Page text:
We Are an Observer

Basquiat smooches his last girlfriend, Kelle Inman, in 1987 in his studio. Inman and Basquiat met when she was working as a waitress at Nell’s; two days later, she was living with him.

 
 

COSMOPOLITAN GREETINGS

(Fragment)

“…Advise only yourself.

Don’t drink yourself to death.

Two molecules clanking against each other requires an observer to become
scientific data.

The measuring instrument determines the appearance of the phenomenal
world after Einstein.

The universe is subjective.
Walt Whitman celebrated Person.
We Are an observer, measuring instrument, eye, subject, Person.
Universe is person.

Inside skull vast as outside skull.
Mind is outer space.
“Each on his bed spoke to himself alone, making no sound.”
First thought, best thought.

Mind is shapely, Art is shapely…”

Allen Ginsberg

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Still Life in Motion

“We have to remember that what we observe is not nature herself, but nature exposed to our method of questioning”
Werner Heisenberg

 
 

Naturaleza muerta viviente (Living Still Life), Salvador Dalí, 1956

 
 

Living Still Life, or Nature Morte Vivante (1956) is a hand oil painting on canvas by the Spanish surrealist Salvador Dalí. The painting was originally known as Nature Morte Vivante and is considered to be one of Dalí’s masterworks. It is his sixth grand masterpiece. Dalí described the work as illustrating “the decomposition of a fruit dish”. The painting is a variation of Floris van Schooten‘s Table with Food (1617).

 
 

A Dutch Breakfast, Floris Gerritsz van Schhoten, date unknown

 
 

Schooten’s work is rearranged into objects that rotate and float across the piece. While the picture can be termed a still life, Dalí incorporates irony by making it evident that nothing in the image is actually still. Even the knife on the table, for example, although not seemingly moving at all, is interpreted by the human brain to be in motion. The Heisenberg Principle of Uncertainty is referenced in the piece. The mind infers that no everyday object can simply hover in the air and that gravity must be pulling down on it; therefore, the knife must be in a falling motion.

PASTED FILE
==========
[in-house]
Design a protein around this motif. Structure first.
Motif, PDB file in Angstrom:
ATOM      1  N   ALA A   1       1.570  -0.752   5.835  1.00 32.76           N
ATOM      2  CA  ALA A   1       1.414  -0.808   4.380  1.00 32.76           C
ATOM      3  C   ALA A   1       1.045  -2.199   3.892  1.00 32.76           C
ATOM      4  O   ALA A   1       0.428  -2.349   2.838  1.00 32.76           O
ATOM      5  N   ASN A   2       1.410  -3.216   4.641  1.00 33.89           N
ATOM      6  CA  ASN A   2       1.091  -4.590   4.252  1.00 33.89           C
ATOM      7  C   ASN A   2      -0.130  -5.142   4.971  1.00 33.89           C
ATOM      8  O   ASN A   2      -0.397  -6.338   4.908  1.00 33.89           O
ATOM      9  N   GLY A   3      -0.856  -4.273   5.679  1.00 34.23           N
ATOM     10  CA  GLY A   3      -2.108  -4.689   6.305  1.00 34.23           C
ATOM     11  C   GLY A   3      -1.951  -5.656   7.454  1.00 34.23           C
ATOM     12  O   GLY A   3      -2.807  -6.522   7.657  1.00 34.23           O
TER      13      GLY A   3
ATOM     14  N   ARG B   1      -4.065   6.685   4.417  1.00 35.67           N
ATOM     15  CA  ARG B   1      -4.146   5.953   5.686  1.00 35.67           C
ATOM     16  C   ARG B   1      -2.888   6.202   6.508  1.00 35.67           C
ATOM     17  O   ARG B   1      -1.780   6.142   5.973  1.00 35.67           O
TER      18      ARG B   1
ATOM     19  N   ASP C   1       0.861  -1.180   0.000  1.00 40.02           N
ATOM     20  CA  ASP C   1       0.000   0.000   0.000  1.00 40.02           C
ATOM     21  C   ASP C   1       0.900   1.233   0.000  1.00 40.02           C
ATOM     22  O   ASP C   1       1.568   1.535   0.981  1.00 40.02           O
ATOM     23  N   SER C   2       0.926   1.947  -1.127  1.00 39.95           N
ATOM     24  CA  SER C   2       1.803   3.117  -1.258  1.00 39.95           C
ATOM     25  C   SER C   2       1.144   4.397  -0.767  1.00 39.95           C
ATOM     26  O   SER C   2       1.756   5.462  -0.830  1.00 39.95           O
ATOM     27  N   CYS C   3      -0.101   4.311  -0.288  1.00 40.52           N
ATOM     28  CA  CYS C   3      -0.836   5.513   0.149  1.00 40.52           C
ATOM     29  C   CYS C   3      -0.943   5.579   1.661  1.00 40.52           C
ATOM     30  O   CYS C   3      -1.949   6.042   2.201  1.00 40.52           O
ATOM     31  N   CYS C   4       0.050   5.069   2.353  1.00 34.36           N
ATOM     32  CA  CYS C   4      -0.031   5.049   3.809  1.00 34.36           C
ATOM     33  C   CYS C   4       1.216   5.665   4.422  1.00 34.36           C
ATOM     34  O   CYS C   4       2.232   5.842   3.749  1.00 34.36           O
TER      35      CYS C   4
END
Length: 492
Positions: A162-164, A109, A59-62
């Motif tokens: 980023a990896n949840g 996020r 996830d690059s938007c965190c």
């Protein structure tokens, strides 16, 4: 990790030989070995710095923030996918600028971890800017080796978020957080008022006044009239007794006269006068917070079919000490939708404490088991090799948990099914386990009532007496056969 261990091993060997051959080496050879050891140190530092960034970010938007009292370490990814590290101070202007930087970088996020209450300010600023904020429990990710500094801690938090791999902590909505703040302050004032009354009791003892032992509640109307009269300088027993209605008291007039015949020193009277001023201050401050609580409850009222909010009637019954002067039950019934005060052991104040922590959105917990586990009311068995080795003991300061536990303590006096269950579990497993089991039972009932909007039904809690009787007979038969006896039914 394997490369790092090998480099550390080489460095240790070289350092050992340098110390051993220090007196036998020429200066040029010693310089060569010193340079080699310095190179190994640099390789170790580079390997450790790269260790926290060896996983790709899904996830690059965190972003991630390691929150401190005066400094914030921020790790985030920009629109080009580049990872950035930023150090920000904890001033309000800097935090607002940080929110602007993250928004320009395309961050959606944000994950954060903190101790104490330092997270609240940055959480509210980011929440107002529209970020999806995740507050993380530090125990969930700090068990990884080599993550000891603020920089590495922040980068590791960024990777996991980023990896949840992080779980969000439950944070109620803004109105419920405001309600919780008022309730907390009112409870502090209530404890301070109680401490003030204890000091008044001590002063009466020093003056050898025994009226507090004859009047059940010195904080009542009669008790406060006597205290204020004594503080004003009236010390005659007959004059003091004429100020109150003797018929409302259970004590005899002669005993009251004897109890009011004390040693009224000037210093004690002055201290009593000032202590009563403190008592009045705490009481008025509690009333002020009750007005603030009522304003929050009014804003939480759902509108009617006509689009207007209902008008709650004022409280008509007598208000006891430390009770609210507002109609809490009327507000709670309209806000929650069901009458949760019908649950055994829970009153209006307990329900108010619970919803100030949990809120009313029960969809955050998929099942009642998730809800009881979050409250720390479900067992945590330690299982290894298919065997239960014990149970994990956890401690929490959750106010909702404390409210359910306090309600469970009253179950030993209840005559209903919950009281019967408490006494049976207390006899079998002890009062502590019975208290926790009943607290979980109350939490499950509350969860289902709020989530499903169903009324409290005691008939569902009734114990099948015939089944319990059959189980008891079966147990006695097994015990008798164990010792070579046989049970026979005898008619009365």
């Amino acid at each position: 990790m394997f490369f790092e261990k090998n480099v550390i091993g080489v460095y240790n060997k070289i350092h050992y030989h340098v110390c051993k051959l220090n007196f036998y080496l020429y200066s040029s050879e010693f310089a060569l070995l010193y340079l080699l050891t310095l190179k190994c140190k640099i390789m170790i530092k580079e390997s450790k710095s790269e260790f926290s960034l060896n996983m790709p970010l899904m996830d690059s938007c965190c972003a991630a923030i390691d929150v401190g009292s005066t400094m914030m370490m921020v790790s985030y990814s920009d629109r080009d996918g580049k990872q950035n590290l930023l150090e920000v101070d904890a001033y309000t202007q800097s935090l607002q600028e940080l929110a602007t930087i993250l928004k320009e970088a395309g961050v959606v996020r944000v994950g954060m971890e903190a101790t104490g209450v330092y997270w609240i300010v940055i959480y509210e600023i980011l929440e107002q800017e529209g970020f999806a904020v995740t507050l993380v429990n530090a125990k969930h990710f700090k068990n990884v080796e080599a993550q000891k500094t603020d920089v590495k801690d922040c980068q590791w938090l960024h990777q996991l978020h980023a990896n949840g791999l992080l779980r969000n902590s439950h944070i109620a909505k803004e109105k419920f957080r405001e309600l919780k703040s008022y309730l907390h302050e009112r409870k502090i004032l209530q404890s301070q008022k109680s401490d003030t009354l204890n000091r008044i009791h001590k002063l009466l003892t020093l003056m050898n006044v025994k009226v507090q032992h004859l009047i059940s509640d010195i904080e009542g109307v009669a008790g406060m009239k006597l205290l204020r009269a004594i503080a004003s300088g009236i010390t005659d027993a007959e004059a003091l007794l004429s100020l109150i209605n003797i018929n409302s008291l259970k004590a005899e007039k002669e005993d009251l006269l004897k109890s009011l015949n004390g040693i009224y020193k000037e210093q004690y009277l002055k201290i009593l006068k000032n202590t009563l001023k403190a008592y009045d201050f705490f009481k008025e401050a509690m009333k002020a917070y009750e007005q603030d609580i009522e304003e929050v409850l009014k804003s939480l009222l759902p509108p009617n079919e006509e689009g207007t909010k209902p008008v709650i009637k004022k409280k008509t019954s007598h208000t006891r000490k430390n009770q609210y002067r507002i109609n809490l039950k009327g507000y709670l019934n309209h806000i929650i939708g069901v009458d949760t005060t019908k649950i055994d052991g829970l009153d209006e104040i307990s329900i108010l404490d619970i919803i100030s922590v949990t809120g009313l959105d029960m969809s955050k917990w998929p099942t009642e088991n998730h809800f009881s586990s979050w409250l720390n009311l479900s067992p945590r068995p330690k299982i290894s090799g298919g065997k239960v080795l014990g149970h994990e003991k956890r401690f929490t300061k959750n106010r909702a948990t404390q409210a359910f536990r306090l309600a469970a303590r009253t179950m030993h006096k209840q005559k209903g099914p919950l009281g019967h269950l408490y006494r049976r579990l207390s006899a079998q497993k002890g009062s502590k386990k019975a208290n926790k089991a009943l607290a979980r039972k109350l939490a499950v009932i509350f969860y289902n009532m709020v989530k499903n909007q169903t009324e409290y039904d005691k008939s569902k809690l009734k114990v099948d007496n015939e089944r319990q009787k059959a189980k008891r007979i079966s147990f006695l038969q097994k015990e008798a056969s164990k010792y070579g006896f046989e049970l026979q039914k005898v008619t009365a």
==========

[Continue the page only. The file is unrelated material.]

This painting also depicts the importance of the spiral, which Dali believed was nature’s most perfect form, using it as a symbol of cosmic order. Spiral structures can be found throughout this work, from the rhinoceros horn in the upper left, to the twisting fruit dish in the center, to the meteor-like head of cauliflower on the right. While working on this painting, Dali was thrilled to hear of the discovery that the DNA molecule – the blueprint for all life – had a spiral shape. The double spiral balcony railing to the left is Dali’s acknowledgment of DNA. “For the first time in the history of science,” Dali said, “physics was providing proof of the existence of God.”

By the time Dali painted this work, he had left Surrealism behind and was fully immersed in what he called “Nuclear Mysticism.” Dali felt that the art of his contemporaries was spiritually barren, and he was determined to reanimate art with spirituality. He was convinced that the emerging theories of physics and molecular biology could reveal the mysteries of religion.

The Half Life of Gregor Samsa

 
 

Insect Dreams: The Half Life of Gregor Samsa is a sequel to Franz Kafka‘s short-story The Metamorphosis, written in 2002 by Marc Estrin.

Rather than being thrown away like trash, Gregor Samsa was secretly sold to a Viennese sideshow by the Samsas’ chambermaid. He then met various figures like Ludwig Josef Johann Wittgenstein, Oswald Spengler and Albert Einstein and witnessed American Prohibition, the Scopes trial, was involved in Alice Paul‘s feminist movement, encountered the Ku Klux Klan, and conferred with U.S. President Franklin D. Roosevelt, and Robert Oppenheimer. The novel made allusions to post-World War I Vienna through the Manhattan Project in Los Alamos, New Mexico. Reciting Rainer Maria Rilke and discoursing on Spengler’s Decline of the West, Gregor attracts the attention of writer Robert Musil, who tells him that although western humanity is finished, that “Society…is in a larval state. What it needs is a larval model to lead it onward, upward, and out of the corral,” and Gregor is that larval model, his ironic task being to teach us what it means to be human.

Estrin was born in Brooklyn, New York. He attended Queens College, studying chemistry and biology, then studied theater directing at UCLA. Estrin came to novel-writing late. In the fall of 1998, he and his wife Donna were on holiday in Prague and decided to visit the grave of Franz Kafka, whose work had always been important to him. His father had challenged him to read Thomas Mann‘s The Magic Mountain during the summer before he attended college. He left a note on the grave, inviting Kafka to drop by if he ever found himself in Burlington. Estrin said that the concept, an outline and the opening episodes of Insect Dreams arrived in Vermont one morning at 3 AM, three weeks after he visited Kafka’s grave. Insect Dreams appeared from BlueHen/Putnam in 2002. Since then it has been re-released (by Unbridled Books). Through the 1960s he worked in various repertory theaters in the United States, including the Pittsburgh Playhouse and the San Francisco Actor’s Workshop. But the Vietnam War and Bertold Brecht inspired him to become politically active.